Conference Coverage

Does endovascular therapy benefit strokes with larger ischemic cores?



Risk/benefit trade-off

Commenting on the trade-off between benefits and risks in the study, Dr. Jovin said the increase in intracranial hemorrhage seen in the endovascular group was similar to that seen in other situations.

“This is not really any different from what is seen when giving tPA [tissue plasminogen activator] to stroke patients or when performing thrombectomy in small or moderate core strokes – we know that intracranial hemorrhage is the price to pay,” he stated.

“While the increase in symptomatic intracranial hemorrhage was nonsignificant, the trend is very clear, and I believe it is real,” Dr. Jovin said. “But I think what matters – and what matters to patients – is that there is a much higher chance of having a good outcome with endovascular therapy. I think most patients will accept the extra risk of intracranial hemorrhage if there is an even higher chance of having a better neurological outcome. This is no different to the approach that we take when we treat patients with IV tPA.”

Dr. Jovin pointed out that the RESCUE-JAPAN study did not include the largest core infarcts (ASPECTS score 0-1), but he added that these very large core infarcts are quite rare – especially in patients in the early time window.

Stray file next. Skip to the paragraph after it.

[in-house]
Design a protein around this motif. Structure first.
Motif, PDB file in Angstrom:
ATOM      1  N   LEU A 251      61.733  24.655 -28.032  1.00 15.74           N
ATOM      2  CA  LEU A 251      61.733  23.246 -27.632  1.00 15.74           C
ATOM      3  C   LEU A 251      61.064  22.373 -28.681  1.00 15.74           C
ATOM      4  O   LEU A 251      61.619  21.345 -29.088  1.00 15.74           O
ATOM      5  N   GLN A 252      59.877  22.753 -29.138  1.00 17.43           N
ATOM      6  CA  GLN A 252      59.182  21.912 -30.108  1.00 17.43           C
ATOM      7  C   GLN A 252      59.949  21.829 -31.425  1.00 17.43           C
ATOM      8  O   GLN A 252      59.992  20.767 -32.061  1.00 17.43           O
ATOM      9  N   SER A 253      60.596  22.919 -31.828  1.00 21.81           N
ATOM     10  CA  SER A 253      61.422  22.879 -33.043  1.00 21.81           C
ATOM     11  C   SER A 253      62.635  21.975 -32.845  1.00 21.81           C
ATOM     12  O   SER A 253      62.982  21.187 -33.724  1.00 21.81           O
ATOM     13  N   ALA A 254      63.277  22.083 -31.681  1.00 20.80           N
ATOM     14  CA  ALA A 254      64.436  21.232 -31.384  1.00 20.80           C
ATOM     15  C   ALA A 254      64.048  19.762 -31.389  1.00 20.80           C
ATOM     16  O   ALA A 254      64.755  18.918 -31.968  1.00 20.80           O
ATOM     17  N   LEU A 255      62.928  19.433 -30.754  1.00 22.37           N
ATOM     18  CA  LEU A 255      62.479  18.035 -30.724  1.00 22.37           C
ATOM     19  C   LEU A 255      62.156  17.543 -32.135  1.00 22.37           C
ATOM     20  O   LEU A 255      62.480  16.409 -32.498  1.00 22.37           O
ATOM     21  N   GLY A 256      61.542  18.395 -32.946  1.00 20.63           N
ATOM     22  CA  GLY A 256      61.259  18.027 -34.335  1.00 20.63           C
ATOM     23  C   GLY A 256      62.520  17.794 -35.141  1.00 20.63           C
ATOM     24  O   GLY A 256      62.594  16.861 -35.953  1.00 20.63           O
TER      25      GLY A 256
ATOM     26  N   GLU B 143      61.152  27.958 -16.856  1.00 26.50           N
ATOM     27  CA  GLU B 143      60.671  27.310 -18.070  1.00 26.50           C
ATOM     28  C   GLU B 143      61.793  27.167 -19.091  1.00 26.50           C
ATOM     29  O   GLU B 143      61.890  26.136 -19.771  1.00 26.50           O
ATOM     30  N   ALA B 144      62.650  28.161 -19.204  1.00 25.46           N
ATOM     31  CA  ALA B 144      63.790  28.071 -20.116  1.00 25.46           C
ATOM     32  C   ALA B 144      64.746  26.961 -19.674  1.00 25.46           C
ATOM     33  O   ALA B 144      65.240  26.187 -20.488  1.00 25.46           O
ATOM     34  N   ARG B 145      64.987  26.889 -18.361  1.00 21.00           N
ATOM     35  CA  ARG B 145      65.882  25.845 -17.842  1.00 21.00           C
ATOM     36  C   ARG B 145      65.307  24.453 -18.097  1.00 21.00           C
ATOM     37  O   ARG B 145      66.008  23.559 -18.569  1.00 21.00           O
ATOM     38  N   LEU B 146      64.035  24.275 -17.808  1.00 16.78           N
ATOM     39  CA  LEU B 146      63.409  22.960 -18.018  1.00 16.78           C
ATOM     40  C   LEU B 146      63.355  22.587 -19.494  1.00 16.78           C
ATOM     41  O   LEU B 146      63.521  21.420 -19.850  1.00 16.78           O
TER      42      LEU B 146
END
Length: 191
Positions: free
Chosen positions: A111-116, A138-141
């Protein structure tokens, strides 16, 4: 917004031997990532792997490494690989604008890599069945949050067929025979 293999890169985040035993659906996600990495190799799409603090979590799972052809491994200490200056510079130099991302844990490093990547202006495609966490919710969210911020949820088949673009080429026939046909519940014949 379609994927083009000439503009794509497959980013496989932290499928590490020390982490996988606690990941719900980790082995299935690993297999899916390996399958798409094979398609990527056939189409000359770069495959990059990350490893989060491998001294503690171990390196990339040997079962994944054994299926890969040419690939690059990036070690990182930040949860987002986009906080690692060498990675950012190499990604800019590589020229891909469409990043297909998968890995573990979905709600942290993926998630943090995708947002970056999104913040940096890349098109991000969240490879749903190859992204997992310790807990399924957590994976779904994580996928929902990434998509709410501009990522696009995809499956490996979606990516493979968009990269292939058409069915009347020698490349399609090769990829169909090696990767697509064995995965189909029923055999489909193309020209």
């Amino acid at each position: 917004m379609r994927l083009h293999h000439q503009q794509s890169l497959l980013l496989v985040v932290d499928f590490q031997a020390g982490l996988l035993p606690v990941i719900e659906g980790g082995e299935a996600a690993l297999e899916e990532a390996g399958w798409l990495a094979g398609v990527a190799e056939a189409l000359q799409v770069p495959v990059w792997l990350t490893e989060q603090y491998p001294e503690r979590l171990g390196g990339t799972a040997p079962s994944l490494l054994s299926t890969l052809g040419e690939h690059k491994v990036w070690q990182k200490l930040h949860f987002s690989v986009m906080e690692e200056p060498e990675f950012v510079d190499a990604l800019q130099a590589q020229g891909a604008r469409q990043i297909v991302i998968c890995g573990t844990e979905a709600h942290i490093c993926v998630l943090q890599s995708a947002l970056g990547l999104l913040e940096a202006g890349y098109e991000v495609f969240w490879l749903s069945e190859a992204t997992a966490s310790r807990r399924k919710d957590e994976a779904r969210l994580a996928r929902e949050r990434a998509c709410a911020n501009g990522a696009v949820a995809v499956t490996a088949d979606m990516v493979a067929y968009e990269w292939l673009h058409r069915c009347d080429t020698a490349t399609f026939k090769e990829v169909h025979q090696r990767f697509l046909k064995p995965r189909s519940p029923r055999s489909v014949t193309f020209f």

He concluded that the study provided important information but cautioned that, with just 200 patients, the findings needed confirmation from other randomized trials that are ongoing.

Also speaking at the ISC press conference, Mitchell Elkind, MD, immediate past president of the American Heart Association/American Stroke Association, and professor of neurology at Columbia University, New York, said previous trials had established endovascular therapy for patients with large cerebral artery occlusions who have primarily preserved brain tissue and small infarct cores.

“We have picked off the low-lying fruit – the patients with small areas of infarcted brain. But perhaps most patients do not fit into this category and now we are seeing trials addressing these groups,” he said. “This initial study suggests that these patients with larger core infarcts can indeed still benefit from this therapy tremendously.”

The RESCUE-JAPAN LIMIT study was supported in part by the Mihara Cerebrovascular Disorder Research Promotion Fund and the Japanese Society for Neuroendovascular Therapy. There was no industry involvement. Dr. Yoshimura reported research grants from Stryker, Siemens Healthineers, Bristol-Myers Squibb, Sanofi, Eisai, Daiichi Sankyo, Teijin Pharma, Chugai Pharmaceutical, HEALIOS, Asahi Kasei Medical, Kowa, and CSL Behring; and lecturer fees from Stryker, Medtronic, Johnson & Johnson, Kaneka, Terumo, Biomedical Solutions, Boehringer-Ingelheim, Daiichi Sankyo, Bayer, and Bristol-Meyers Squibb.

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